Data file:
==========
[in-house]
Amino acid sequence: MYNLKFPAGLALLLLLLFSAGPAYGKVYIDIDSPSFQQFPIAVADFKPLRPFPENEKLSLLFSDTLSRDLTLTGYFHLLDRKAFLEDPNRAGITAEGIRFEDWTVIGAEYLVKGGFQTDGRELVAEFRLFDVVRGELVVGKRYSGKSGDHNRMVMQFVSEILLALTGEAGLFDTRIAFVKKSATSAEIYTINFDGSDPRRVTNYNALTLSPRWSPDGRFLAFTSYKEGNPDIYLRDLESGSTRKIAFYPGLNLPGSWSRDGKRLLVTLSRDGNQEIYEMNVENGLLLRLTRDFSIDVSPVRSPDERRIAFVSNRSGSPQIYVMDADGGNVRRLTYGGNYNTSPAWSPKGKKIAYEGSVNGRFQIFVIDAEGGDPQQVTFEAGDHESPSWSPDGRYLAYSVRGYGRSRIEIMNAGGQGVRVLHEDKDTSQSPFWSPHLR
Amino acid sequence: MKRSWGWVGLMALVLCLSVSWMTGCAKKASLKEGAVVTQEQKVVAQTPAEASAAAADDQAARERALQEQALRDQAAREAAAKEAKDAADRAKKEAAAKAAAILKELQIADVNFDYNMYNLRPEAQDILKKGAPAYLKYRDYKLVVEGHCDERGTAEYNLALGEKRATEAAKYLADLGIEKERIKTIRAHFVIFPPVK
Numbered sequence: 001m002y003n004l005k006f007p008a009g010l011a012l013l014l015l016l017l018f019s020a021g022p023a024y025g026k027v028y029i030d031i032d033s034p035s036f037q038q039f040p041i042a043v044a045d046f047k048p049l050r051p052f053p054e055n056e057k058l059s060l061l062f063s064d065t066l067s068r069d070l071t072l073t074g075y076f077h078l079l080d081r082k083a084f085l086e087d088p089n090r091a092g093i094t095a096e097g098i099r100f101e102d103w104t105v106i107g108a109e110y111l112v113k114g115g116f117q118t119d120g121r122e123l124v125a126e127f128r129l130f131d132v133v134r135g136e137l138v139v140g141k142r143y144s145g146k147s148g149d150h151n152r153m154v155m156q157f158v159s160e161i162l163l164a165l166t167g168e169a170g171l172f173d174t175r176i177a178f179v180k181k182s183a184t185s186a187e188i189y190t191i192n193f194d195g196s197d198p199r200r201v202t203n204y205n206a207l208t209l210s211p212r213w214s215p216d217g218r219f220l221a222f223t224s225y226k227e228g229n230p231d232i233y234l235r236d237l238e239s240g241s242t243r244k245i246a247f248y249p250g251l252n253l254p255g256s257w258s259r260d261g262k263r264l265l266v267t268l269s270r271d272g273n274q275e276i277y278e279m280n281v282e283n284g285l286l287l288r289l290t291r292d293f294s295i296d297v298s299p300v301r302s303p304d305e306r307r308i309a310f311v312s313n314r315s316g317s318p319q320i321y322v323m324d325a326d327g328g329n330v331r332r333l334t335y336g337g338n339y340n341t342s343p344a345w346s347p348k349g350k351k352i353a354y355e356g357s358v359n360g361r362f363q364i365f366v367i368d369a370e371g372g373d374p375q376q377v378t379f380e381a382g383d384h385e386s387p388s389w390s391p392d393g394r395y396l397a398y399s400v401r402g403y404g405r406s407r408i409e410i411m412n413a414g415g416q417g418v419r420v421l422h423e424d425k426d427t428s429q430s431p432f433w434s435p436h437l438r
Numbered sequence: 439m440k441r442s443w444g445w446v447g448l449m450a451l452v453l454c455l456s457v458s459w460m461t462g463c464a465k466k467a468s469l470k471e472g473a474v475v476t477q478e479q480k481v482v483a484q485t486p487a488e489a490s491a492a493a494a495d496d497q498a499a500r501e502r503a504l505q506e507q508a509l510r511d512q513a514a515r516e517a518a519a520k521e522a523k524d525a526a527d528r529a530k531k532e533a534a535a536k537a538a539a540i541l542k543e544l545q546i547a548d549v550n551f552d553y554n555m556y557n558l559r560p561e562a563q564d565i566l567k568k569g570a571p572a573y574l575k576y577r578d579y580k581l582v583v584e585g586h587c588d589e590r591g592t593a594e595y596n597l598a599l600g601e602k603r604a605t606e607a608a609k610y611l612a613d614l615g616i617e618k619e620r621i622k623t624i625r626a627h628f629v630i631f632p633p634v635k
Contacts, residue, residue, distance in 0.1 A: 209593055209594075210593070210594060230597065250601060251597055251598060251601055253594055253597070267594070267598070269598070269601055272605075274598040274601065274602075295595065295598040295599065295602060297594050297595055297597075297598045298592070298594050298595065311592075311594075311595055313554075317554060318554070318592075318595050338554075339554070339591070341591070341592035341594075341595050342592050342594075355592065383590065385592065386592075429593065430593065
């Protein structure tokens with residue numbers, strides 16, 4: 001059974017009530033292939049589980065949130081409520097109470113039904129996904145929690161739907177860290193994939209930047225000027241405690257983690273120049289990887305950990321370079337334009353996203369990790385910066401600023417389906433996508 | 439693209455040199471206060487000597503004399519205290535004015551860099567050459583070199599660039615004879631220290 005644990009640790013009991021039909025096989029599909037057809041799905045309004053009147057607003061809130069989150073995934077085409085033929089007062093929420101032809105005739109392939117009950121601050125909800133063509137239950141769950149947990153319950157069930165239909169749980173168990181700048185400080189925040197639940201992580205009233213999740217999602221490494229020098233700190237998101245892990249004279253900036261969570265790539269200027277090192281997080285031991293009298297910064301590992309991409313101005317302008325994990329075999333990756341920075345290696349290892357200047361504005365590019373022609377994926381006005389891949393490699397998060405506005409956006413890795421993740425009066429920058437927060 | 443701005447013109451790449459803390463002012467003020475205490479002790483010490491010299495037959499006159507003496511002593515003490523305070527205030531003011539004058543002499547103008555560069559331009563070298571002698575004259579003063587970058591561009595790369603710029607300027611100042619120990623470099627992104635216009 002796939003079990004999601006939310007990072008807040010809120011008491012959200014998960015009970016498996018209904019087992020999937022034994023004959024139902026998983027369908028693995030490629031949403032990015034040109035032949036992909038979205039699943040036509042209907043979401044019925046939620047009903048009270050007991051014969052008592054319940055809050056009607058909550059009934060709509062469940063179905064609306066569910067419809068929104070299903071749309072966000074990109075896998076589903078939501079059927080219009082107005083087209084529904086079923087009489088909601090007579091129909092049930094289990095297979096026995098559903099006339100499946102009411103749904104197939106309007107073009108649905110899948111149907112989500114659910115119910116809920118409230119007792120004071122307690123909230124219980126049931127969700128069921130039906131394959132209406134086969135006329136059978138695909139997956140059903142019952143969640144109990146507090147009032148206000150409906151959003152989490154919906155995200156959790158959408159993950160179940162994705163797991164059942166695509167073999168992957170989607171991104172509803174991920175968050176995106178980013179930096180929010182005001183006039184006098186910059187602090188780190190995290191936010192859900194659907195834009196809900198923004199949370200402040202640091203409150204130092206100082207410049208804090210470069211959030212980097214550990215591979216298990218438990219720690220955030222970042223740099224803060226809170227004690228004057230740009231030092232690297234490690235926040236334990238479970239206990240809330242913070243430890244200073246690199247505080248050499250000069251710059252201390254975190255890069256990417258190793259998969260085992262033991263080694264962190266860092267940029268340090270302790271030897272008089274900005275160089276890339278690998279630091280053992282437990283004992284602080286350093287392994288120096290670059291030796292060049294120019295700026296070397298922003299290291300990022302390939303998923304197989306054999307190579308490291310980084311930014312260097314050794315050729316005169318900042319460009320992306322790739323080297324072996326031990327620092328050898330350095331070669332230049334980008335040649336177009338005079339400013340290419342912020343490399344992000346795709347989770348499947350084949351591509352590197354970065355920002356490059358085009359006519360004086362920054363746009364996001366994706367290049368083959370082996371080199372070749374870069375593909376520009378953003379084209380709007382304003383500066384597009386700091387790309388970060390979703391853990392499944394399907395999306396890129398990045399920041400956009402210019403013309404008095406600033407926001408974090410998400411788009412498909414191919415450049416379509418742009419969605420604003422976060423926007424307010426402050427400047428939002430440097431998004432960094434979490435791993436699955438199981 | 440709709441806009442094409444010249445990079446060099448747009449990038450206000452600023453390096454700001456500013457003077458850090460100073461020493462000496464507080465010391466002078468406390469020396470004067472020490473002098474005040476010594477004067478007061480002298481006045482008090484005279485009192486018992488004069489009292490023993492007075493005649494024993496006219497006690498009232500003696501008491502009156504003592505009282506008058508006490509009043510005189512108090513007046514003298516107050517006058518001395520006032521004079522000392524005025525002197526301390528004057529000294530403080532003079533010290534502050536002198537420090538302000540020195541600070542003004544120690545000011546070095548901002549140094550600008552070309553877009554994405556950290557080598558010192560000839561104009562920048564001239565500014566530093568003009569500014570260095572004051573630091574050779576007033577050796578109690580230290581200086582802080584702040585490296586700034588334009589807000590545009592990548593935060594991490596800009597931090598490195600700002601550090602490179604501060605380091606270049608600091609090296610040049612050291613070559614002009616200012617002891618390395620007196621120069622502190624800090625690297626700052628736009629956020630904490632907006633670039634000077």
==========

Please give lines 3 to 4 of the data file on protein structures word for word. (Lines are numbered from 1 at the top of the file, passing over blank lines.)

Amino acid sequence: MKRSWGWVGLMALVLCLSVSWMTGCAKKASLKEGAVVTQEQKVVAQTPAEASAAAADDQAARERALQEQALRDQAAREAAAKEAKDAADRAKKEAAAKAAAILKELQIADVNFDYNMYNLRPEAQDILKKGAPAYLKYRDYKLVVEGHCDERGTAEYNLALGEKRATEAAKYLADLGIEKERIKTIRAHFVIFPPVK
Numbered sequence: 001m002y003n004l005k006f007p008a009g010l011a012l013l014l015l016l017l018f019s020a021g022p023a024y025g026k027v028y029i030d031i032d033s034p035s036f037q038q039f040p041i042a043v044a045d046f047k048p049l050r051p052f053p054e055n056e057k058l059s060l061l062f063s064d065t066l067s068r069d070l071t072l073t074g075y076f077h078l079l080d081r082k083a084f085l086e087d088p089n090r091a092g093i094t095a096e097g098i099r100f101e102d103w104t105v106i107g108a109e110y111l112v113k114g115g116f117q118t119d120g121r122e123l124v125a126e127f128r129l130f131d132v133v134r135g136e137l138v139v140g141k142r143y144s145g146k147s148g149d150h151n152r153m154v155m156q157f158v159s160e161i162l163l164a165l166t167g168e169a170g171l172f173d174t175r176i177a178f179v180k181k182s183a184t185s186a187e188i189y190t191i192n193f194d195g196s197d198p199r200r201v202t203n204y205n206a207l208t209l210s211p212r213w214s215p216d217g218r219f220l221a222f223t224s225y226k227e228g229n230p231d232i233y234l235r236d237l238e239s240g241s242t243r244k245i246a247f248y249p250g251l252n253l254p255g256s257w258s259r260d261g262k263r264l265l266v267t268l269s270r271d272g273n274q275e276i277y278e279m280n281v282e283n284g285l286l287l288r289l290t291r292d293f294s295i296d297v298s299p300v301r302s303p304d305e306r307r308i309a310f311v312s313n314r315s316g317s318p319q320i321y322v323m324d325a326d327g328g329n330v331r332r333l334t335y336g337g338n339y340n341t342s343p344a345w346s347p348k349g350k351k352i353a354y355e356g357s358v359n360g361r362f363q364i365f366v367i368d369a370e371g372g373d374p375q376q377v378t379f380e381a382g383d384h385e386s387p388s389w390s391p392d393g394r395y396l397a398y399s400v401r402g403y404g405r406s407r408i409e410i411m412n413a414g415g416q417g418v419r420v421l422h423e424d425k426d427t428s429q430s431p432f433w434s435p436h437l438r